How to Get Rid of Bloating, According to Nutritionists

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What causes bloating?

“Bloating is usually caused by one of two things: gas or water retention,” Serena Poon, nutritionist, celebrity chef, and founder of Just Add Water and Culinary Alchemy, tells Glamour. ”Gas is caused by the fermentation process of carbohydrates and fibers in your colon. If [it’s] in balance, your gut bacteria can ferment beneficial bacteria without causing gas. However, if imbalanced, your microbiome may produce more gas.”


How to get rid of bloating

Stay hydrated.

“I usually recommend that people drink their body weight in pounds, in ounces of water each day,” says Poon.



Both DeChatelets and Poon also suggest engaging in light movement to help aid digestion. “One study found that light movement like yoga or walking helps relieve symptoms of bloating,” says Poon. “The researchers suggest 30 minutes of walking post-meal.”

If you don’t have time for a walk after each meal, try some stationary yoga and/or stretching.


Eat more fruits, veggies, and whole grains.

The best foods for bloating include kiwi, which helps to speed up stomach emptying and therefore helps prevent and/or treat bloating and constipation, as well as foods that contain probiotics.

“Probiotic foods such as yogurt, kimchi, and kombucha promote overall gut health and regularity,” says Poon.

For an easy way to add probiotics to your diet, add a supplement powder to smoothies and juices.


Take probiotic supplements.

Eating probiotic foods is still a good idea, but Poon advises supplementing that with a daily probiotic supplement or powder as well. “Taking a high-quality probiotic supplement can help keep your microbiome filled with good bacteria,” she says.


Cook your veggies and experiment.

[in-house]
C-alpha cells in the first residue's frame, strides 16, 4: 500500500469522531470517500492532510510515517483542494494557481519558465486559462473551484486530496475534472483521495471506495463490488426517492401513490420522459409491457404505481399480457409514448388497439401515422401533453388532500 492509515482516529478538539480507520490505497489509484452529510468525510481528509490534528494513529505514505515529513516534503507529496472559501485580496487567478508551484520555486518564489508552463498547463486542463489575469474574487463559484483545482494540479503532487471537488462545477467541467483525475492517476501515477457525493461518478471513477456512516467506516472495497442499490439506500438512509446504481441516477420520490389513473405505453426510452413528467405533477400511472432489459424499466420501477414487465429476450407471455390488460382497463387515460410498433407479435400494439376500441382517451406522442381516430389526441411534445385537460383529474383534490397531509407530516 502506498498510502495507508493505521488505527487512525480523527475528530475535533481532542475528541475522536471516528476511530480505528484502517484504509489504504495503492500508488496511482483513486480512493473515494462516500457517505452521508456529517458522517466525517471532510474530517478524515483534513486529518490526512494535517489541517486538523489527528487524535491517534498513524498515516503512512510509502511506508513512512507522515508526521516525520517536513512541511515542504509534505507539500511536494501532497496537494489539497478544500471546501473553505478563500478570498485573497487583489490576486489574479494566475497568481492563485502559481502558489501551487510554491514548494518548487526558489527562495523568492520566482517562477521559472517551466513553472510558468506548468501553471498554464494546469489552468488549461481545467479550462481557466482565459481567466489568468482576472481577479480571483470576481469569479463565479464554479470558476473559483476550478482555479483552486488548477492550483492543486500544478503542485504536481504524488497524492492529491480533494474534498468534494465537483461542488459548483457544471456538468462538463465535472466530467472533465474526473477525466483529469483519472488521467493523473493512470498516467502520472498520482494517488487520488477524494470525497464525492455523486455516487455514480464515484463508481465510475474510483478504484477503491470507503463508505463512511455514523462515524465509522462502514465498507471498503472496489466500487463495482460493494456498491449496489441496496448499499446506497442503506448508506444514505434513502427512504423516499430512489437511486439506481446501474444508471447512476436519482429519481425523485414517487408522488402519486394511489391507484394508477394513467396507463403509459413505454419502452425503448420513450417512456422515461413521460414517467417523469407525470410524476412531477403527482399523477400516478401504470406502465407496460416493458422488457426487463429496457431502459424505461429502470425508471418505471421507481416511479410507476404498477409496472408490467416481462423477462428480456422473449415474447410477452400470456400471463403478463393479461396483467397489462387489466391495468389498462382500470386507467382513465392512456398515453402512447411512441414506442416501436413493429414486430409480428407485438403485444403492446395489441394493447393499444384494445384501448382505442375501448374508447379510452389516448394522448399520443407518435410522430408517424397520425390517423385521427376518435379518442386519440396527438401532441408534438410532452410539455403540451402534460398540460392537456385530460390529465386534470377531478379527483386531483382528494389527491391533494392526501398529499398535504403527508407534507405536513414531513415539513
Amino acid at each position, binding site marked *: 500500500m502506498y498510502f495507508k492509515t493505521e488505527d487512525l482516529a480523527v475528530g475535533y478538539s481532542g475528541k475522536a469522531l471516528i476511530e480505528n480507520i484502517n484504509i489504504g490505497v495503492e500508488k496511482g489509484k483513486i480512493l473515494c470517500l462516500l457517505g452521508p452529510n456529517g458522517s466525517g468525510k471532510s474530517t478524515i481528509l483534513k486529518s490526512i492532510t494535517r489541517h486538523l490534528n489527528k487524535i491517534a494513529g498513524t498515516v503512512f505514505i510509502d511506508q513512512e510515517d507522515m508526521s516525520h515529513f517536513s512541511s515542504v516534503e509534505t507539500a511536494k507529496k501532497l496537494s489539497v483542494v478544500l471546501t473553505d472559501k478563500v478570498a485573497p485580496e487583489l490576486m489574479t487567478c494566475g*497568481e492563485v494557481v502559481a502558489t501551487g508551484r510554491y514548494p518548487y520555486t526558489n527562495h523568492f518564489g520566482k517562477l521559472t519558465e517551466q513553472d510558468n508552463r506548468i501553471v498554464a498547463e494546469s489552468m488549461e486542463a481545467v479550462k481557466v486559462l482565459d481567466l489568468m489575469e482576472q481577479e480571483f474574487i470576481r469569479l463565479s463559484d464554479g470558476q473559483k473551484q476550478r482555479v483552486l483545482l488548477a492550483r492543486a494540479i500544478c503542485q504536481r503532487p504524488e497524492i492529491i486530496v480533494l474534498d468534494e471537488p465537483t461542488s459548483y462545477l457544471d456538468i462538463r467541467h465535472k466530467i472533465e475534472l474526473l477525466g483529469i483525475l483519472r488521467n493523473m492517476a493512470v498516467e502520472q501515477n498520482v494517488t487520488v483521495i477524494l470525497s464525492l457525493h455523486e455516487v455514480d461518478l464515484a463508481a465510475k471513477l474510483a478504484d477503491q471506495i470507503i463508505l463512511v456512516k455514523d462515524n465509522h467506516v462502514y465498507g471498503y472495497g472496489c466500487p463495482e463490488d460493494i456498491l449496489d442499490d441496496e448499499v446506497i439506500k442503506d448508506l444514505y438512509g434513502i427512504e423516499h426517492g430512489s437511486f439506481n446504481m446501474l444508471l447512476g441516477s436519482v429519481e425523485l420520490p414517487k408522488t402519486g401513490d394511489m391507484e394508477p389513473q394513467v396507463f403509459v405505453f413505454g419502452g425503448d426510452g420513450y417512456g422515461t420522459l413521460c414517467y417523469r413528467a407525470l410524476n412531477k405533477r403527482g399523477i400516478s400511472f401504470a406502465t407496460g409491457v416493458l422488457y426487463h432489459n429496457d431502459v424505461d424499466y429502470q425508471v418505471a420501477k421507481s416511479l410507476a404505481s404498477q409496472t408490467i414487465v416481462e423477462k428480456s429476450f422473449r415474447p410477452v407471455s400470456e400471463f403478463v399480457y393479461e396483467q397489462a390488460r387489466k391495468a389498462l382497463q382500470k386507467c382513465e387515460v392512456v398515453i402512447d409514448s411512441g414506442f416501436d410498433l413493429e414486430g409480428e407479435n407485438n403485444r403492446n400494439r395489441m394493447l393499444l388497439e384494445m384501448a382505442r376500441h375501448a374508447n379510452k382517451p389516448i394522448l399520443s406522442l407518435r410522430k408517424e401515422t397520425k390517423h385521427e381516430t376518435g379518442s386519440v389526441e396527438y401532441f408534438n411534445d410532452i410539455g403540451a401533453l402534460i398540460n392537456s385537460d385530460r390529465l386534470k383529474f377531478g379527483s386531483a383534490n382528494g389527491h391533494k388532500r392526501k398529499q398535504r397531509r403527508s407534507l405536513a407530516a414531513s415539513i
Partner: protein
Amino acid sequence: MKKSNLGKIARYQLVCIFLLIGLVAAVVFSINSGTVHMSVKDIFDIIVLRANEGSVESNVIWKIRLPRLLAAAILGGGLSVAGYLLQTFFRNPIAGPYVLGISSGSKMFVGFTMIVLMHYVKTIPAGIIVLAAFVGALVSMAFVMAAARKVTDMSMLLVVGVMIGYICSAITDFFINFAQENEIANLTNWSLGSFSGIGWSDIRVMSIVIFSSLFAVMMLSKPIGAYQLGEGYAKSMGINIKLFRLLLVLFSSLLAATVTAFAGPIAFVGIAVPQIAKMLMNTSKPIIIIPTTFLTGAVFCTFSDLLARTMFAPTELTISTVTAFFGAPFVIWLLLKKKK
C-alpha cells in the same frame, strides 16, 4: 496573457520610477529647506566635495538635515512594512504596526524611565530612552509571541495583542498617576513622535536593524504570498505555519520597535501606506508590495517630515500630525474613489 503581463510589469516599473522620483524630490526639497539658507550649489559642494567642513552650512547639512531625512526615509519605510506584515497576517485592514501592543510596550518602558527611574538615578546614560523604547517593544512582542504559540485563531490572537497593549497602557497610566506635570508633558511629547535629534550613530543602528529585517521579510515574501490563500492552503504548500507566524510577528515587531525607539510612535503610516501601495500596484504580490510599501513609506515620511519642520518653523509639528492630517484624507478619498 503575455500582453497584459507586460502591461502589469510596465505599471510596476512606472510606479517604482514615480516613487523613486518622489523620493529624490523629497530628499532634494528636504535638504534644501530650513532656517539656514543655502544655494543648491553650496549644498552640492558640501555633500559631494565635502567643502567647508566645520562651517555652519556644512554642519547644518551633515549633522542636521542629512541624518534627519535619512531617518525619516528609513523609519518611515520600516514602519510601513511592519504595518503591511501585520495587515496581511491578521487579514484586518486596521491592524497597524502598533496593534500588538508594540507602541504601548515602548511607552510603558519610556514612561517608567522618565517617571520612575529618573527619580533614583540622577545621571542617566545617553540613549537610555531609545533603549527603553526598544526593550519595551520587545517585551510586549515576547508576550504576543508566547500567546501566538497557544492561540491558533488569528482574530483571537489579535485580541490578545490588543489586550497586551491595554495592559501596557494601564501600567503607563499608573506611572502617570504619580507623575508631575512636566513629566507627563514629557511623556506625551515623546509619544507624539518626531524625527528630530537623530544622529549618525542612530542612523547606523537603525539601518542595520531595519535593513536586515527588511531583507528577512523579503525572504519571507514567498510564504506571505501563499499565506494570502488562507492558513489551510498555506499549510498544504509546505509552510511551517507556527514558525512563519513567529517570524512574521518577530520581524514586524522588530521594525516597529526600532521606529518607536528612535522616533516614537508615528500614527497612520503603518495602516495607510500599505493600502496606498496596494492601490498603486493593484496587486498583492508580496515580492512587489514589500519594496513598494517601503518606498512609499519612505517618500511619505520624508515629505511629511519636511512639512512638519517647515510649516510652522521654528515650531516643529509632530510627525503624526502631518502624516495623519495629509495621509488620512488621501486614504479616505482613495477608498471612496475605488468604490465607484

Poon notes that while some veggies can help bloating, some cruciferous vegetables, raw foods, and beans can cause gas too.

“These are nourishing foods, so my recommendation is to eat these in moderation and consume them with lots of water,” she says. “You may also want to play with how things are cooked—for example, raw broccoli may cause more gas than cooked broccoli.”


Limit triggering foods.

According to Poon, the worst foods for bloating include anything processed, high-fat, and high-sugar, as well as carbonated beverages—which, yes, unfortunately, does mean seltzer.

“High-fat foods take longer to digest so can end up sitting in your digestive system for a long time, and high-sugar foods can leave sugars behind in the digestive tract, which are a feast for gas-causing bacteria,” she says. “Processed foods are often high in sodium, which may make you retain water, and starchy foods, dairy, artificial sweeteners, and soda and beer can all cause gas and bloating.”


Keep a food journal.

If you’ve changed your diet but found you’re still struggling with bloating, Poon advises keeping track of which foods make you feel ill.

“Every person has their own unique microbiome, meaning that while there are general recommendations, everyone is going to digest foods differently,” she says. “I recommend paying attention to your body and writing in a food journal to determine which foods make you feel energized and which foods make your body feel bloated and gassy.”


Get tested for food allergies and intolerances.

Finally, be sure to get tested for food allergies and intolerances, as they are especially common causes for bloating. “Some individuals have food intolerances, such as lactose or gluten intolerance, resulting in excess bloating when these foods are consumed,” Poon says.

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This content is strictly the opinion of Chef Serena Poon and is for informational and educational purposes only. It is not intended to provide medical advice or to take the place of medical advice or treatment from a personal physician. All readers/viewers of this content are advised to consult their doctors or qualified health professionals regarding specific health questions. Neither Serena nor the publisher of this content takes responsibility for possible health consequences of any person or persons reading or following the information in this educational content. All viewers of this content, especially those taking prescription or over-the-counter medications, should consult their physicians before beginning any nutrition, supplement or lifestyle program.

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